Sledding Safety Tips

Sledding can be a LOT of fun, but it can also cause a LOT of injuries. Each winter, thousands of children and teens end up in the emergency room because of a sledding accident. Park Slope Parents has pulled together some tips to help you sled SAFELY.



Top Sledding Safety Tips


Note: Experts advise to take extra care with kids under six. Because they have proportionally larger heads and a higher center of gravity compared to older kids and young adults, small children are especially prone to getting hurt. Coordination is also poorer at that age, and they can have trouble avoiding trips and obstacles.


1. Bundle up

Make sure your child is dressed in warm & waterproof clothing. Don't forget gloves and snow boots. Wear layers to protect from cold and injury. Be careful of scarves or anything that can get tangled in a sled so as to avoid any risks of strangulation.


2. Wear protective gear.

Helmets are also advised to prevent head injury. You can purchase special helmets for winter sports, but a bike helmet can do the trick too.


3. Opt for sleds that steer.

Make sure you buy sleds that your child can steer. Avoid flat plastic sheets, snow discs and toboggans, and anything metal. One mom warns that "sleds with metal runners (that grandparents love to send) are really not safe with the amount of kids on some of the park hills." Sorry gramps.


4. Sled in clear areas.

Avoid sledding spots with trees, fences, poles, or hills, and steer clear of hills that end in a street, drop-off, parking lot, river, or pond.


5.  Choose snowy spots, not icy ones.


6. Don't sled in the street.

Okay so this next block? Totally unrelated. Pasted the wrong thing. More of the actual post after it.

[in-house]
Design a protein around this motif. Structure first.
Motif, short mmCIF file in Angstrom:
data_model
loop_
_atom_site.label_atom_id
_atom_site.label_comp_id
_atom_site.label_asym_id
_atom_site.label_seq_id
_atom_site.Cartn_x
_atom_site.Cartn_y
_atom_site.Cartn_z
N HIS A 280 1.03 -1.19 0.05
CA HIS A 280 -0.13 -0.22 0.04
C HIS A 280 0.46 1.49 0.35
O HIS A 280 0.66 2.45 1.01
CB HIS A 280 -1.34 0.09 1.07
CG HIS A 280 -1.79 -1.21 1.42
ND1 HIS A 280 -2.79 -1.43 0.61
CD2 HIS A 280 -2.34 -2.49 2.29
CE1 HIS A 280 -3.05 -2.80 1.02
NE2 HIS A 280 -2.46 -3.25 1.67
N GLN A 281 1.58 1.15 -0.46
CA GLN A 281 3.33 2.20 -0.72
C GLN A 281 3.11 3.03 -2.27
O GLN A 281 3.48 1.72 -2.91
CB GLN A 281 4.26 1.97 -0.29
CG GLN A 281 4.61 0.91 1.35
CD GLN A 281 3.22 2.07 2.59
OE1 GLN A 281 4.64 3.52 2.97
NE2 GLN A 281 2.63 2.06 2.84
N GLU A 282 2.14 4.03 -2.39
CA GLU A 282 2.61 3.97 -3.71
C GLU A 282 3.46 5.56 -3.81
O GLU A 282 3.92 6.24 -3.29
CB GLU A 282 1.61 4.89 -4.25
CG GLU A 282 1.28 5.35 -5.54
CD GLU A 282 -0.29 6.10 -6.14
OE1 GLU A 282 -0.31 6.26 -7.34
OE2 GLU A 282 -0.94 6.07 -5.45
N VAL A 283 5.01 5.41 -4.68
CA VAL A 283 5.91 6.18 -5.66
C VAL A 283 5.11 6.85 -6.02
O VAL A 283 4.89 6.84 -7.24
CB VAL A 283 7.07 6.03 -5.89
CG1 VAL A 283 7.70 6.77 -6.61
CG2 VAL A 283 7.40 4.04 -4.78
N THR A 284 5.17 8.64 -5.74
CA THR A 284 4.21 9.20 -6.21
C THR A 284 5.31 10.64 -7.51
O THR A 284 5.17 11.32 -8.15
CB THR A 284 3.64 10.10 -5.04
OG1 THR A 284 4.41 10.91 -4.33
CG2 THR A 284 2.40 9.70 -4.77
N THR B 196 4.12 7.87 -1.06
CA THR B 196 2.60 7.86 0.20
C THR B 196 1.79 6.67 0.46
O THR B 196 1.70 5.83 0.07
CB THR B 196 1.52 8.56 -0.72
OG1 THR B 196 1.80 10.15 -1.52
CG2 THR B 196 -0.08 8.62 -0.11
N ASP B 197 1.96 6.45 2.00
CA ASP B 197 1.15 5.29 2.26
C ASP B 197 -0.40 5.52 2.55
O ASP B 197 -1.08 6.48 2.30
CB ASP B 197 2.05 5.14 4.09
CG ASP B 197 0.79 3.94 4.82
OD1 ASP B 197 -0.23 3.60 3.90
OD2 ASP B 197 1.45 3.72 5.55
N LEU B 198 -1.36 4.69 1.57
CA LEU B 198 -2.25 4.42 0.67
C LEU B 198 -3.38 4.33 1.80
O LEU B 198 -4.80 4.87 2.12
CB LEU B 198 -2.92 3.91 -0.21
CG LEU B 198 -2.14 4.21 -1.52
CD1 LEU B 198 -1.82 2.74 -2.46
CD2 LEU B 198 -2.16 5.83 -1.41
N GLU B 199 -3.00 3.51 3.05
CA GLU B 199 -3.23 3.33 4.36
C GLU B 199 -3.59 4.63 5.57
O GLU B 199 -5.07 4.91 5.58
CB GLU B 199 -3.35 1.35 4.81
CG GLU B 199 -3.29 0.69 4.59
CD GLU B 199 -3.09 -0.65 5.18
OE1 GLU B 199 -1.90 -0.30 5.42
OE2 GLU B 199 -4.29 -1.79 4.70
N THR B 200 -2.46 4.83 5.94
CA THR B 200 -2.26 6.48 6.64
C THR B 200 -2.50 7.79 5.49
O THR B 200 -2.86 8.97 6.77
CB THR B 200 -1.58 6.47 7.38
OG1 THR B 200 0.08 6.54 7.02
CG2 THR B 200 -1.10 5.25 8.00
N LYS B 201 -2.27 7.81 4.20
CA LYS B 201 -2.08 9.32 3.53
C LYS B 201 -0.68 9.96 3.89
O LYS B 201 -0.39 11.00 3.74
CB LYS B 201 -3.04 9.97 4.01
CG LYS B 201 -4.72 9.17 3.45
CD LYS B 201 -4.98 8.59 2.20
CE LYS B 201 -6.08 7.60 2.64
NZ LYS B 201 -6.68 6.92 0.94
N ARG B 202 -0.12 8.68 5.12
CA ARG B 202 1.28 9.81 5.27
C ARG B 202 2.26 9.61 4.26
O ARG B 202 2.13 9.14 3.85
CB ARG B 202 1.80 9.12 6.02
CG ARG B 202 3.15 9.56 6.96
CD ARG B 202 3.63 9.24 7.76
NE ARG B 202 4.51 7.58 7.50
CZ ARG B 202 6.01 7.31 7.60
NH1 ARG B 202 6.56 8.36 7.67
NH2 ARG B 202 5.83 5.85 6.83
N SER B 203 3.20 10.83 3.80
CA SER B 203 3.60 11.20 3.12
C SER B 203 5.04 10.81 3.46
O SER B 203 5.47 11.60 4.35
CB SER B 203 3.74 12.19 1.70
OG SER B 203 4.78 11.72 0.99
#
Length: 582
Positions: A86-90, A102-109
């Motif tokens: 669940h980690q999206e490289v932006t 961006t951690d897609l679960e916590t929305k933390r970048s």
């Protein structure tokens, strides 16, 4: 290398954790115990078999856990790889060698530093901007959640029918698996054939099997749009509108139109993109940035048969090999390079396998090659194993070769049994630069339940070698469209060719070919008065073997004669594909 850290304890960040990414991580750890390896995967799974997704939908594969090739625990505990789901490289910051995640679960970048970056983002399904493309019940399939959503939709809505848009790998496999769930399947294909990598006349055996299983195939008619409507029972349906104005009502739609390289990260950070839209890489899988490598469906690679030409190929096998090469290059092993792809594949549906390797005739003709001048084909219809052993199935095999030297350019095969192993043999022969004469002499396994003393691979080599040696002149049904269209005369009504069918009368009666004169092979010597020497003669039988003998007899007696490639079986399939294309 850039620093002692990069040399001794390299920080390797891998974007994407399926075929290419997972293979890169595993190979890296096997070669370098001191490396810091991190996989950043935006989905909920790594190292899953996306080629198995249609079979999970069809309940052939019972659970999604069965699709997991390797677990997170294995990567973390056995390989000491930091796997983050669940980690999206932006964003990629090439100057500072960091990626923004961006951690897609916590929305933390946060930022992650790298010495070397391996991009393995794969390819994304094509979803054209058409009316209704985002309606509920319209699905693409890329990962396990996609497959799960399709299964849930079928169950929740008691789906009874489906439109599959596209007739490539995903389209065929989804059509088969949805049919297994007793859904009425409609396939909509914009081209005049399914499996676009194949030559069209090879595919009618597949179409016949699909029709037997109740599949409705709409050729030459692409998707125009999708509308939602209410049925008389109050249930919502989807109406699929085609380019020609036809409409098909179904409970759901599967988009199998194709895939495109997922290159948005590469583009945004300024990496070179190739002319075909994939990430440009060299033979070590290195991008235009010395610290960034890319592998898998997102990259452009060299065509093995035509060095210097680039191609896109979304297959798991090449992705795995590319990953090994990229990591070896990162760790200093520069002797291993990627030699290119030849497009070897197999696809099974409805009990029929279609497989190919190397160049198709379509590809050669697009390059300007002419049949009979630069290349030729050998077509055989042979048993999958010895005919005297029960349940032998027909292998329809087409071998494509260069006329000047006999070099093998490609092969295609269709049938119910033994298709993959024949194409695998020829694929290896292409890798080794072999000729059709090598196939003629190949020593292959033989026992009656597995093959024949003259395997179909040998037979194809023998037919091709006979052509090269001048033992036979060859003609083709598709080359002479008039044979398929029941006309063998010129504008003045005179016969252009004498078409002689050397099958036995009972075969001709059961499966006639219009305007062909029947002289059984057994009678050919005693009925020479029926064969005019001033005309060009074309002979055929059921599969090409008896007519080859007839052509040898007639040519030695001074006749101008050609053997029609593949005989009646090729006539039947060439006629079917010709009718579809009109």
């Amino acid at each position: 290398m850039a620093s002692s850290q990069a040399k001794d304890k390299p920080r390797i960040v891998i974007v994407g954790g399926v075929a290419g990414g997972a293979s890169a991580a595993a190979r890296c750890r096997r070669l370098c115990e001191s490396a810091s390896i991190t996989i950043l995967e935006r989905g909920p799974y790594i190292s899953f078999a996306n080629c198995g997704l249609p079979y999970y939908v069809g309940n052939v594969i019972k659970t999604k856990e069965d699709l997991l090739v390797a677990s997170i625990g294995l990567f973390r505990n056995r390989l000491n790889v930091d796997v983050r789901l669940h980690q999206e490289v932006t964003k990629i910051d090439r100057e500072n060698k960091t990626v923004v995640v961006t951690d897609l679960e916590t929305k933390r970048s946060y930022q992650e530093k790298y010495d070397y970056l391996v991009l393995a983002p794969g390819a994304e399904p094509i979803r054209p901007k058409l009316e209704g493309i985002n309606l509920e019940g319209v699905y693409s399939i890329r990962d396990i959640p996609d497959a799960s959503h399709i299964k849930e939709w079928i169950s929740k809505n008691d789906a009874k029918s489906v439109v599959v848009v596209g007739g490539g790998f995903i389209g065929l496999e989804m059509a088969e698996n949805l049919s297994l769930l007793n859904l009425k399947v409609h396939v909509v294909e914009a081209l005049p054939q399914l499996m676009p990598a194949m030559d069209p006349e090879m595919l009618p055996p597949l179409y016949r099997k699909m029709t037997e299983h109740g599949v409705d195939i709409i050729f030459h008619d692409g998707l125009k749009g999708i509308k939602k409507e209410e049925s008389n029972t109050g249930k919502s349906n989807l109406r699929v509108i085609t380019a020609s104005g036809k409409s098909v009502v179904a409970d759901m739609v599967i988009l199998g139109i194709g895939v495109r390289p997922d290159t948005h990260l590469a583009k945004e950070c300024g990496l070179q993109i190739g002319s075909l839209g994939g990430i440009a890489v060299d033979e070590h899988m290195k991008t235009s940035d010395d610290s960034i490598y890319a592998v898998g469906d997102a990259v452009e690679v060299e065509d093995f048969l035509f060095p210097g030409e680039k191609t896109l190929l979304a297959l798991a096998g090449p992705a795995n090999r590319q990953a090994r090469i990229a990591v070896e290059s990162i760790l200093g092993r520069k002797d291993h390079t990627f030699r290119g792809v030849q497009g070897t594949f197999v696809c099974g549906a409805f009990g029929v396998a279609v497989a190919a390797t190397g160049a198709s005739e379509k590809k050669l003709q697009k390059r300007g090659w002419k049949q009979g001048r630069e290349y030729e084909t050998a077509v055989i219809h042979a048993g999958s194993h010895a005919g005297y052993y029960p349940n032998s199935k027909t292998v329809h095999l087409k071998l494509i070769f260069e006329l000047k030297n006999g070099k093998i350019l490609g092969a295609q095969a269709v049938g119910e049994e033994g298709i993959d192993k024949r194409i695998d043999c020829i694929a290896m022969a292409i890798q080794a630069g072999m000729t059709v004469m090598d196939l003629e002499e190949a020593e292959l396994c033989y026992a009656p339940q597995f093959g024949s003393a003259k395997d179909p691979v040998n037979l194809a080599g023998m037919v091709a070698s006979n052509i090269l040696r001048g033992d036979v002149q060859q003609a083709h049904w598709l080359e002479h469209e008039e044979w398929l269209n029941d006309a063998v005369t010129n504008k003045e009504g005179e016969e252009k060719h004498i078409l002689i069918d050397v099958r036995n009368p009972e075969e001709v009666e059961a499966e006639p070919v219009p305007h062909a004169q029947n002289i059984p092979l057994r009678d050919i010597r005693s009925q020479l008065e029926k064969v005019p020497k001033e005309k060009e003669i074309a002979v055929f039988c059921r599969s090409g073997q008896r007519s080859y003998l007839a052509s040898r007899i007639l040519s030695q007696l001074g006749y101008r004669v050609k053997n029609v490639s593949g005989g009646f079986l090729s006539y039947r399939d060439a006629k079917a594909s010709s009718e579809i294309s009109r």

7. Feet first!

Make sure your child sits in a forward-facing position. Steer with your feet or a rope tied to the steering handles. Never sled face-first.




8. Sled in the daytime, when you have good visibility.


9. Walk up the side of the hill, never the center.  

It's important to keep the middle clear for sledders. As one local PSP dad advises, "Remember, teach your kids to walk up the side of the sledding hill, not the center, and to keep their eyes up as they do."


10. Always have adult supervision.

Adults should make sure there are not too many sledders on the hill at once and stand cautiously at the bottom to prevent collisions and to make sure the end is kept clear.


11. Pick up after broken sleds.

Sleds aren't always the sturdiest. If your child's sled loses a chunk, make sure to gather up all of the shards so that they don't harm others on their way down the hill.


Other parent tips:

"Remind kids to not to just lie at the bottom in the path of oncoming sleds! I still have to remind mine (8 & 11) every year, and it seems like a lot of others need to get the message too."


Further resources from around the web:

Sledding Safety Tips from the Nationwide Children's Hospital

American Academy of Orthopaedic Surgeons' Sledding Injury Prevention Tips


Further reading on PSP:

Snow Fun Advice, featuring 22 top tips for making snow days in Brooklyn manageable!